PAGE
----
Peer Reviewed

1

Document Type

Article

Publication Date

1-2011

Keywords

DNA-Binding Proteins, Endoplasmic Reticulum, Enzyme-Linked Immunosorbent Assay, Humans, Interleukin-8, Monocytes, RNA, Messenger, Transcription Factors, Unfolded Protein Response

Comments

This article is also available at http://www.elsevier.com

Abstract

In mammalian cells, the primary function of the endoplasmic reticulum (ER) is to synthesize and assemble membrane and secreted proteins. As the main site of protein folding and posttranslational modification in the cell, the ER operates a highly conserved quality control system to ensure only correctly assembled proteins exit the ER and misfolded and unfolded proteins are retained for disposal. Any disruption in the equilibrium of the ER engages a multifaceted intracellular signaling pathway termed the unfolded protein response (UPR) to restore normal conditions in the cell. A variety of pathological conditions can induce activation of the UPR, including neurodegenerative disorders such as Parkinson's disease, metabolic disorders such as atherosclerosis, and conformational disorders such as cystic fibrosis. Conformational disorders are characterized by mutations that modify the final structure of a protein and any cells that express abnormal protein risk functional impairment. The monocyte is an important and long-lived immune cell and acts as a key immunological orchestrator, dictating the intensity and duration of the host immune response. Monocytes expressing misfolded or unfolded protein may exhibit UPR activation and this can compromise the host immune system. Here, we describe in detail methods and protocols for the examination of UPR activation in peripheral blood monocytes. This guide should provide new investigators to the field with a broad understanding of the tools required to investigate the UPR in the monocyte.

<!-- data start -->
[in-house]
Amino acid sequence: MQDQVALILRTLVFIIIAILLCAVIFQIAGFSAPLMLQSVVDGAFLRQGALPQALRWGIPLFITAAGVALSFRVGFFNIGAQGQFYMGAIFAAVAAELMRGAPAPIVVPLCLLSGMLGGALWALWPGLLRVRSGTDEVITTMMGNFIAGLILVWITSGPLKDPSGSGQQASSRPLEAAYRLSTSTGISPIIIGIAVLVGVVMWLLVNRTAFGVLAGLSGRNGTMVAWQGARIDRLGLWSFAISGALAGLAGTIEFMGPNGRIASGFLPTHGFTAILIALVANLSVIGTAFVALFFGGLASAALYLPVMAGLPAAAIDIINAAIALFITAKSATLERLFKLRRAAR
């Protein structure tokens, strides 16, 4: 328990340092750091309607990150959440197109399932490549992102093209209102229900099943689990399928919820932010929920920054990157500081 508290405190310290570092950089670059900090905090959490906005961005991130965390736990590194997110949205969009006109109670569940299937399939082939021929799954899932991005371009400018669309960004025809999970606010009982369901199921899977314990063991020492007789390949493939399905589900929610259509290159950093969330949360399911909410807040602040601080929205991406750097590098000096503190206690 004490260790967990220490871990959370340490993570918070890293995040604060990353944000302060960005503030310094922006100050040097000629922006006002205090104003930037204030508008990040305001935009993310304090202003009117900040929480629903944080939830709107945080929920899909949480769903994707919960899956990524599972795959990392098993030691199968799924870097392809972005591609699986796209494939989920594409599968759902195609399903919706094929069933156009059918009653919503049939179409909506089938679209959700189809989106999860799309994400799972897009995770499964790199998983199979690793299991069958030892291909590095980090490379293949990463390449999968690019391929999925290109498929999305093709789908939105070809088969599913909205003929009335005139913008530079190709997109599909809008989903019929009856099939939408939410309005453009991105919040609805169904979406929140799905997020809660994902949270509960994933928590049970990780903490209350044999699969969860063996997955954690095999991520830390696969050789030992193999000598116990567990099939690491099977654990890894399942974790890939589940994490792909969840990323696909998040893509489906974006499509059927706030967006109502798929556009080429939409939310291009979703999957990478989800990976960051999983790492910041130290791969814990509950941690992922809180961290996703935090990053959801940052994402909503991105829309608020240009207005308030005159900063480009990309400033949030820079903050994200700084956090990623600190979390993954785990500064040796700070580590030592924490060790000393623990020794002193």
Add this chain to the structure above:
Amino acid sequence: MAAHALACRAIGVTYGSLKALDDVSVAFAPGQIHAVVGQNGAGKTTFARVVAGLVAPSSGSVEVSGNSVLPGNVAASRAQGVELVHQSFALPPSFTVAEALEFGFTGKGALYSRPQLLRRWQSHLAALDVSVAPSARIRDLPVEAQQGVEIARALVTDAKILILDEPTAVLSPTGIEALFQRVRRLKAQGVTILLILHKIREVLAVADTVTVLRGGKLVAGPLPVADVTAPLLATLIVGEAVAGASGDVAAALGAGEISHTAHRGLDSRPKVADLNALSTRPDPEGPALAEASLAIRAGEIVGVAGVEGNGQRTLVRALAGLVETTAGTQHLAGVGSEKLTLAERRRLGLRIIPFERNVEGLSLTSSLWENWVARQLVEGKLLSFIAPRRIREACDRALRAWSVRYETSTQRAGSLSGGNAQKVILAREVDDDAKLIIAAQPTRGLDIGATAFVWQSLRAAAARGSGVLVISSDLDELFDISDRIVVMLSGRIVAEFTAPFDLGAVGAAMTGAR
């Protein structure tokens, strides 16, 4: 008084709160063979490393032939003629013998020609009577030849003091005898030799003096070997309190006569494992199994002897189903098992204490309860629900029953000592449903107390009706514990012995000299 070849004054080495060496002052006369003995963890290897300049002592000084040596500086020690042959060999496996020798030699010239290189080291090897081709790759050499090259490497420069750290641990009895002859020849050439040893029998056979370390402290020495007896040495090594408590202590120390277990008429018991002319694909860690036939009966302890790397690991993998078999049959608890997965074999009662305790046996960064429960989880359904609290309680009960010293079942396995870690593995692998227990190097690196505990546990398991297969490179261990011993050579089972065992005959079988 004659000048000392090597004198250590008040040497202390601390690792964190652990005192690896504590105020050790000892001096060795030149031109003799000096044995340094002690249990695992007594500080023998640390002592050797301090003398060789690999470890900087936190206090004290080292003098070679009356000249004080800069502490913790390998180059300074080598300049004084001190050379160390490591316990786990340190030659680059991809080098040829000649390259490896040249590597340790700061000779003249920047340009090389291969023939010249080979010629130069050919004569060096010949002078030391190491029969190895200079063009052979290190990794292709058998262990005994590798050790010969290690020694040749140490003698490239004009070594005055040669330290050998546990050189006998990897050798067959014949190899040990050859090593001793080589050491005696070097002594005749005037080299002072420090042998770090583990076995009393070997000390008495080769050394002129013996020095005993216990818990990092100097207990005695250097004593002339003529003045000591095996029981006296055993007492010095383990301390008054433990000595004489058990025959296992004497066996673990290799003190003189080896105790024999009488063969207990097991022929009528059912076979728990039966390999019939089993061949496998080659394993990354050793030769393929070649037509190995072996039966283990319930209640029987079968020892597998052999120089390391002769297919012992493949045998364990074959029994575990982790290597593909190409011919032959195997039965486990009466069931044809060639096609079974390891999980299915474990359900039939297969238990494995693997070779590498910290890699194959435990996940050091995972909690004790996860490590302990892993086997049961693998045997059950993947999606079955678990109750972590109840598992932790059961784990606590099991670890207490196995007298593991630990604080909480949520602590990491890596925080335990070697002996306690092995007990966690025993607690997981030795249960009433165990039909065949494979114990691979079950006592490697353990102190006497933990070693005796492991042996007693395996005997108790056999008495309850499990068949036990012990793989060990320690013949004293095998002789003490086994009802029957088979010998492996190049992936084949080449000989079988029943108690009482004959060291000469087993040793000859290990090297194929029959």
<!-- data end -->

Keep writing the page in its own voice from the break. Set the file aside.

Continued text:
Disciplines

Medicine and Health Sciences

Citation

Carroll TP, Greene CM, McElvaney NG. Measurement of the unfolded protein response (UPR) in monocytes. Methods in Enzymology. 2011;489:83-95.

PubMed ID

21266225

DOI Link

10.1016/B978-0-12-385116-1.00005-4

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